British Sign Language Taster at LinguaMania

British Sign Languages alphabet
Anne Wynne

Creative Multilingualism’s LinguaMania event provided a stimulating forum for a taster session on British Sign Language (BSL).  

I find learning foreign languages interesting and rewarding. In my front-facing role at the Blavatnik School of Government, I am lucky enough to engage with our students on a daily basis and it gives me occasional opportunities to practise a little of a language I know, or to learn a few phrases of a language I don’t know.  Two years ago, I decided to take an evening class. I had done A level Russian at evening class some years before and had loved it. However, I felt I wanted to learn something a little different, but still in keeping with the language theme. I therefore decided to learn British Sign Language (BSL), which I started in September 2014. My mother (a retired physiotherapist) learnt and used a system of sign language called Paget, which she used with a child who had cerebral palsy and hearing loss. She taught my sisters and me a little bit of Paget when we were children so we could communicate at a very basic level with this boy. 

Learning BSL has been fascinating, fun and useful. BSL is a visual means of communication using gestures, facial expression and body language. You can really unleash your creative closet actor!  It has also given me the opportunity to meet new like-minded people. I had the chance to use BSL when I showed a group of architects around our new building last year.  One gentleman was deaf and relied on sign language. I was therefore able to communicate with him a little bit using BSL and he signed that he really appreciated being able to use his first language with me. This really brought it home to me how important it is, as responsible citizens, to try to reach out and bridge the gap with people who may feel isolated and cut off from the world at large.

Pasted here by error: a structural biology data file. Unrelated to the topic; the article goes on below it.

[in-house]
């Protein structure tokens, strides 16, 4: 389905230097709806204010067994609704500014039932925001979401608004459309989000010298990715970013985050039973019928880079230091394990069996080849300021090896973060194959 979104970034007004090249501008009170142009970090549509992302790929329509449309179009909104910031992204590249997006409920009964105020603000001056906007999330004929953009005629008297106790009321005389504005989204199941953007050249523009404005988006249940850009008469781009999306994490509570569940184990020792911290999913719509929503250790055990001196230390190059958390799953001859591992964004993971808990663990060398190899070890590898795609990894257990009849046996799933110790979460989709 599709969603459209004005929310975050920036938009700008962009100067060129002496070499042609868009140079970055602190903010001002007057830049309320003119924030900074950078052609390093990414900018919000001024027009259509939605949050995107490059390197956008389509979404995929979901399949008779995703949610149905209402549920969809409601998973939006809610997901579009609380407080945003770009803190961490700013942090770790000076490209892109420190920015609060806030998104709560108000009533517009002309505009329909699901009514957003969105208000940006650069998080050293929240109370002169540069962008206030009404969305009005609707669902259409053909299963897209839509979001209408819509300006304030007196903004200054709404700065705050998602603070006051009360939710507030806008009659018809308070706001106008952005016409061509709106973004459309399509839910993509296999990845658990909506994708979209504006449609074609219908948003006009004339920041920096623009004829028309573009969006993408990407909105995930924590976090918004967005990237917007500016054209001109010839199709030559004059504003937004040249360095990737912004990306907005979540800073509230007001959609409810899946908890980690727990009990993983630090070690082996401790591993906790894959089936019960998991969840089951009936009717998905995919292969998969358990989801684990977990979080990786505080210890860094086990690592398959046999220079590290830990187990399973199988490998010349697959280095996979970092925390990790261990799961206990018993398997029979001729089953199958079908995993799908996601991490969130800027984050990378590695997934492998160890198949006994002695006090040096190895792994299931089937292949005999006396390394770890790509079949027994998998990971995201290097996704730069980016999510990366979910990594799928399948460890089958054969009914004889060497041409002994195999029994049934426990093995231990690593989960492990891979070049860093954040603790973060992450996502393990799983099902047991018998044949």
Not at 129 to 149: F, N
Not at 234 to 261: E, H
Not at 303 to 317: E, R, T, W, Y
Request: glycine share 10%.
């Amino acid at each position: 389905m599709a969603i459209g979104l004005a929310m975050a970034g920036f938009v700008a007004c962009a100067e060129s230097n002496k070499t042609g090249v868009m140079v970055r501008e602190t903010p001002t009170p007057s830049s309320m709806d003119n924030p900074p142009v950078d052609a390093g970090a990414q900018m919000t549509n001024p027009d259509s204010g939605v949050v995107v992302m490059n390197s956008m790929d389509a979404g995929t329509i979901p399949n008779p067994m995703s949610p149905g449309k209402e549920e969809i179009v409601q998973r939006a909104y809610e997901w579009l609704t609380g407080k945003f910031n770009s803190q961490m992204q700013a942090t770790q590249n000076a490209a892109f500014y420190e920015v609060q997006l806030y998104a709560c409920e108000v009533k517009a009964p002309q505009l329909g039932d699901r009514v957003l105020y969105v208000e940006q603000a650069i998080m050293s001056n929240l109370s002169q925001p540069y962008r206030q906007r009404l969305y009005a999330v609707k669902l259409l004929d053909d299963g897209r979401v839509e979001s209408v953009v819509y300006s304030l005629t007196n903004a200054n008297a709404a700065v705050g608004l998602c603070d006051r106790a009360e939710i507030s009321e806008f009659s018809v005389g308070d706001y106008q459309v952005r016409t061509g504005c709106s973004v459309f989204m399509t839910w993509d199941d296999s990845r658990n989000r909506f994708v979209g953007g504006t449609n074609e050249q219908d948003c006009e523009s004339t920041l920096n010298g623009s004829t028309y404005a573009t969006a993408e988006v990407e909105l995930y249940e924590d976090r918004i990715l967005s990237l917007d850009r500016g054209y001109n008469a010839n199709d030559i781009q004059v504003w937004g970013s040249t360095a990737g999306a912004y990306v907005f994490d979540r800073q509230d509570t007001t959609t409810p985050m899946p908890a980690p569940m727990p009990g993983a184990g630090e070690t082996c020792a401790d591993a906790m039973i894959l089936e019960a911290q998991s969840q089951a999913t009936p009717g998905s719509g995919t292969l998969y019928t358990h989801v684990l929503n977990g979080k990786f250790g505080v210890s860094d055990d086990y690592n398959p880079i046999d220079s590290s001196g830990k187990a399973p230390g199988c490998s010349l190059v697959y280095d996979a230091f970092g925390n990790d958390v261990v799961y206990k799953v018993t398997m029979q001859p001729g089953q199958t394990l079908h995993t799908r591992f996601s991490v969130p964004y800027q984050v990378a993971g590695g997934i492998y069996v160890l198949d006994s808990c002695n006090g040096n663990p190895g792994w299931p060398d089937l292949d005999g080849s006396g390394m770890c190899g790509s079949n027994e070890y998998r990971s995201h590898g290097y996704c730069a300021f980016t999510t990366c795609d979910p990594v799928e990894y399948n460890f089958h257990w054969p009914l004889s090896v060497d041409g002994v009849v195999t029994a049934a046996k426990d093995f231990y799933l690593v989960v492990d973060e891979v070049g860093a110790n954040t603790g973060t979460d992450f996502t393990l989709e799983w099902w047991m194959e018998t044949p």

At LinguaMania, I was pleased to have the help of Helen, a friend who had learnt some basic BSL in the past. The first part of the BSL taster session was an interactive task: I wrote down some phrases and asked participants to get into small groups to convey the meaning of the phrase using facial gestures and body language only – no lip pattern.  This is a little bit like charades, with which everyone is familiar. The aim was to show people the challenge of communicating without using speech. Some people admitted they were somewhat out of their comfort zone, perhaps a little self-conscious even (I encouraged them to really exaggerate their facial expressions). The feedback they gave revealed that it had been an eye-opener. We then taught the BSL alphabet and a few basic greetings.

I hope people who came to the taster session will be inspired to learn more British Sign Language. I believe BSL should be part of the school curriculum in the same way MFL is. There are approximately 11 million people in the UK with some form of hearing loss, so the more people who know BSL, the more we can break down communication barriers.

Anne Wynne works at the Blavatnik School of Government. She speaks French and also has a good working knowledge of Spanish. She has been learning British Sign Language since 2014.

Image credit: Cowplopmorris at en.wikipedia [CC BY-SA 3.0 ( or GFDL (], via Wikimedia Commons